In the years following the founding of SBYC, the enthusiastic group of sailors of the club conducted races, regattas, and just fun sailing to other clubs. Weekends and overnight cruises to Drawbridge, Newark, Hospital Cove in Angel Island, Sausalito, Drake's Bay, Half Moon Bay, and other cruises around the Bay Area were in evidence. This did not stop the intrepid sailors of SBYC from venturing to such places as San Diego, Baja California, Hawaii, Tahiti, and other south sea locations.

The San Francisco Chronicle, April 13, 1903, "South Bay Yacht Club to Have New Quarters. San Jose, CA, April 12, 1903, South Bay Yacht Club will begin erection of its new club house at Alviso this week. Plans were drawn and a contract has been let." With enthusiastic effort by the members and with much of the material donated by members and business people, the new club house was dedicated on June 24, 1903. A clam bake and barbecue was held at the event which also marked the opening of yachting season. About 150 prominent citizens of the San Jose area attended and then Commodore Spencer gave an address. The San Francisco Call Bulletin said, "The house of the club is a commodious structure." The San Francisco Chronicle said, "The clubhouse, while simple in its appointments, will be the equal of any around the bay." Many still feel the case.

The San Francisco Chronicle, on August 24, 1903, reported the regatta at SBYC for the Sonniken Cup was won by the schooner Comrado, commanded by the owner and builder, Capt. J.O. McKee. In October, 1903, SBYC reorganized and became a non-profit corporation. The club now boasted 100 members.

In 1905, Joseph Alcott McKee died at age 70. In 1908, tragedy came to SBYC, Commodore Curtis Barker drowned in Half Moon Bay off his yacht, Muriel. From this time to 1917, many social and sailing activities occurred, but in 1917, some of the members went to WWI and activities in the club declined. In 1917, one of our members, Chester Gaston was elected president of PICYA. To date, no picture of Chester Gaston has been located as he died an untimely death in an auto accident near Bakersfield, CA. By 1922 there were 24 yachts in the SBYC fleet.

Records relating to the history of the SBYC prior to 1920 were destroyed that year in a fire (not in the clubhouse). This has necessitated that information and documentation related in this history be retrieved from many other sources.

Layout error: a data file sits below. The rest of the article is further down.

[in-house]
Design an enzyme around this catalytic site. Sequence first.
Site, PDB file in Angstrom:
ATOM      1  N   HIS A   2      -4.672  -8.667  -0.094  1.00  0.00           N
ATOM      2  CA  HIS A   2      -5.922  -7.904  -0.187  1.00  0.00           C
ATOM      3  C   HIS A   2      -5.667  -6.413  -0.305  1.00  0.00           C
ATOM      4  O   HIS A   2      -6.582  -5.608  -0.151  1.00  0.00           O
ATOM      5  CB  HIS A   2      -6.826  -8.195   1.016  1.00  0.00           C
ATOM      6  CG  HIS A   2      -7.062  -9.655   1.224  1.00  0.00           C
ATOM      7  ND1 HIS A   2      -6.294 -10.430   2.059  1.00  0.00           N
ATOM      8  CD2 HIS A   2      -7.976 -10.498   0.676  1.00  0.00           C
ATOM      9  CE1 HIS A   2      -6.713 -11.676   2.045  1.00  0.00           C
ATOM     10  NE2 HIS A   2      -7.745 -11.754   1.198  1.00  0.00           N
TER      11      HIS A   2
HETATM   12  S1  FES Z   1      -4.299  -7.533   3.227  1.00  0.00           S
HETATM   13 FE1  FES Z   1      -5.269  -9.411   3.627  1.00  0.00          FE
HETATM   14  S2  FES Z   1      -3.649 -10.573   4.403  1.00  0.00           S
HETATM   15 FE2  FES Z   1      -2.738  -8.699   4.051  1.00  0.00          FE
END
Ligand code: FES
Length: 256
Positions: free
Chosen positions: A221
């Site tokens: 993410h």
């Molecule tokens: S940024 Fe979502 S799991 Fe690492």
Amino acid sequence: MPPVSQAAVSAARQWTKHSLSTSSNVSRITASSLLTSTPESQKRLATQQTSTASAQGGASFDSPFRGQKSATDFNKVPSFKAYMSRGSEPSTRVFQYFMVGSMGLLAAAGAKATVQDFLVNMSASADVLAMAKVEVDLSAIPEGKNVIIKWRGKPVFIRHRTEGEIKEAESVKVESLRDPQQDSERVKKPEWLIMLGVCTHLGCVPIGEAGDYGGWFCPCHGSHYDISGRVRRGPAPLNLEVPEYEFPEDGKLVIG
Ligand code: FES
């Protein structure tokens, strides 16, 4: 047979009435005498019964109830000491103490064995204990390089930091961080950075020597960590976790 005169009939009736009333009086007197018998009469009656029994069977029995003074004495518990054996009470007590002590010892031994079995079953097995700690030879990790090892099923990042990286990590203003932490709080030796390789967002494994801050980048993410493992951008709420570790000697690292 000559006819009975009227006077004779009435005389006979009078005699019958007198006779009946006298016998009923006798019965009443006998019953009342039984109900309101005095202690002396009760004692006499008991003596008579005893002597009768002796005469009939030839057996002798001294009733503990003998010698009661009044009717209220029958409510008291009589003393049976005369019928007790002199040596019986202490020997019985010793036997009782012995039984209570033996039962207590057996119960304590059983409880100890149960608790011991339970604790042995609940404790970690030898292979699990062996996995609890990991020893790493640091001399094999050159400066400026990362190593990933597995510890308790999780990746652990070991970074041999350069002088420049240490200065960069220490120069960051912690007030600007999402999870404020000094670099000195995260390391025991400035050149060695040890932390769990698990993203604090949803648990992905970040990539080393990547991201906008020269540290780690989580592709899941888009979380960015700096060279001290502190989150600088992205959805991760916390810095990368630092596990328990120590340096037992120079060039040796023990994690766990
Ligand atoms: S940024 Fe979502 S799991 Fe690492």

The SBYC continued in existence during the great depression and up to WWII. During the war, many members answered a call to help in assisting the war effort. SBYC members, including the late R.B. Engfer, Art Mirrasou, Judge Marshall Hall, and others departed and present, assisted the U.S. Coast Guard as its civilian arm. From these civilian patriots came the organization we know as the U.S. Coast Guard Auxiliary. With WWII ending, boating activities again increased and SBYC became a large part of the boating scene in the bay area.

In 1946, SBYC celebrated its 50th anniversary with a great celebration led by the Commodore, Richard B. Engfer, Sr. This celebration was attended by 65 members and their guests.

In the days when the SBYC was formed, it was very much a men's club. This is not to say that women did not have a say in its operations. This was evident with the formation by the women of a SBYC Auxiliary in 1938. Margaret Trevey, wife of Robert A. Trevey who was then Commodore, formed the first such organization that we know of in the bay area. The SBYC Auxiliary had 12 members that year. The Auxiliary continued as a great asset to SBYC until February of 1986, when the bylaws were amended to allow for family memberships and also to provide memberships individually to women.